BBB on Seniors: Scammer’s Top 10 list

BBB on Seniors: Scammer’s Top 10 list

From the classics to the innovative, this Top 10 list includes the most popular scams and fraud schemes of the year with some new additions to look out for in the coming months.

#10 Sweepstakes scam: You’ve won a contest! Or the lottery! Or the Publishers Clearinghouse Sweepstakes! All you have to do to claim your prize is to pay some fees or taxes in advance so they can release your prize …. This is not a new scam, but it is a perennial problem.

#9 Romance scam: Romance scammers contact their victims through online dating websites, or sometimes Facebook. They will quickly request to communicate outside of the avenue in which you met, either through personal email or text messaging. These scammers will start by asking for a small favor in order to gauge whether the victim will be likely to help in the inevitable emergency that will occur in the future and require a much larger sum of money that they will request be sent by Western Union or Money Gram.

#8 Secret Shopper jobs: Scammers use newspaper ads and emails to create the impression that mystery shopping jobs are a gateway to a high-paying job with reputable companies. Also, they often send notices through the mail with a check (fake) included to wire to an unnamed company and to pay you for your first job. If an opportunity is on the up and up, you won’t have to pay an application fee or deposit a check and wire money on to someone else.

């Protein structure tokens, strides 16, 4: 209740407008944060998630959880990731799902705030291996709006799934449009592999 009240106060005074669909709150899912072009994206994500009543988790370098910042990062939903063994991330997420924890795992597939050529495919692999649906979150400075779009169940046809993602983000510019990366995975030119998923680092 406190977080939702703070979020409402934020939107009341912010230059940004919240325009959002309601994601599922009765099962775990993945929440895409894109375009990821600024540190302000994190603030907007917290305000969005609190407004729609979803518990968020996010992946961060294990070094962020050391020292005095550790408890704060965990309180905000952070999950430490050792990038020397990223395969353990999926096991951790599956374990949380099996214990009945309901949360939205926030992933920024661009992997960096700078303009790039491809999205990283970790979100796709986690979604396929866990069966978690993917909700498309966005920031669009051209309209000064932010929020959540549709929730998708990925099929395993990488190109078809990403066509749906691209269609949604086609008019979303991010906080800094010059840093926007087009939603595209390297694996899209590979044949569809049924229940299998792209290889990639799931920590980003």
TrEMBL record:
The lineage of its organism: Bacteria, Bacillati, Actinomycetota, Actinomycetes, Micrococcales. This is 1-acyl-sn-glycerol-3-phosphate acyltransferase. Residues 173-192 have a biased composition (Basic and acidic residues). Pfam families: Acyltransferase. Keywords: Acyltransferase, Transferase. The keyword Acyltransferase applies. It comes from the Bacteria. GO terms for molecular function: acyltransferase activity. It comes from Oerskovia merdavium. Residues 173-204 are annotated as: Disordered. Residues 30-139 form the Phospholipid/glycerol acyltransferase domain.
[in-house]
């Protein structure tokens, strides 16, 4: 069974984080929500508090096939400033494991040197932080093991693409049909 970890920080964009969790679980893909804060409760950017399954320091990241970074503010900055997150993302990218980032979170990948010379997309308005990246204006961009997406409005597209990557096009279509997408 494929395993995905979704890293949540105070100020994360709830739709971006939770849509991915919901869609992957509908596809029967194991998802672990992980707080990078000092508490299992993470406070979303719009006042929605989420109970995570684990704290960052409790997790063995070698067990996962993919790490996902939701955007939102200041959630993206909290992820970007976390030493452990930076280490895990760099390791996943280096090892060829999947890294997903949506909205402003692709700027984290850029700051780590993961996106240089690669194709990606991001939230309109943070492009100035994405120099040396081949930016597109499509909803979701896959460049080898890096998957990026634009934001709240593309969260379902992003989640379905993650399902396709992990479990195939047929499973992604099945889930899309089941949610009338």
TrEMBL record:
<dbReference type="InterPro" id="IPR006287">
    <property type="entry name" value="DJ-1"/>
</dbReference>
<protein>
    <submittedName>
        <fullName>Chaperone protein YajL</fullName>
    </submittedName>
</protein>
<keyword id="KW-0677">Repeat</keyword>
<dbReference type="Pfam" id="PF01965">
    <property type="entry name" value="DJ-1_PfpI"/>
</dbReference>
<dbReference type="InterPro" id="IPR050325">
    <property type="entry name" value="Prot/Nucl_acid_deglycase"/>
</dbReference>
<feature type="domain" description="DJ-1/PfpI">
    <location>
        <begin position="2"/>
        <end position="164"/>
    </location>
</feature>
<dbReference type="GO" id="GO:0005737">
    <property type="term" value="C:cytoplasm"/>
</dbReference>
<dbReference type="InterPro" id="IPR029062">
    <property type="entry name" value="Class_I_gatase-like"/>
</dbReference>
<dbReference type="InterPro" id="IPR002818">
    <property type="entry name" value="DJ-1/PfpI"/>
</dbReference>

#7 Medicare/health care scam: Someone may call and pose as a Medicare representative to get your personal information, such as your Medicare number. They will bill Medicare for bogus products or services that you never qualified for or in most cases never received. Be sure to keep an eye on your Medicare Summary Notices to catch such errors, abuse, and fraud. Report any suspicious behavior to the Texas Senior Medicare Patrol at 888-341-6187.

#6 Emergency scam: This one is sometimes called the “grandparent scam” because it often preys on older consumers. You get a call or email from your grandchild or other relative who was injured, robbed or arrested while traveling overseas and needs money ASAP. Do not send money.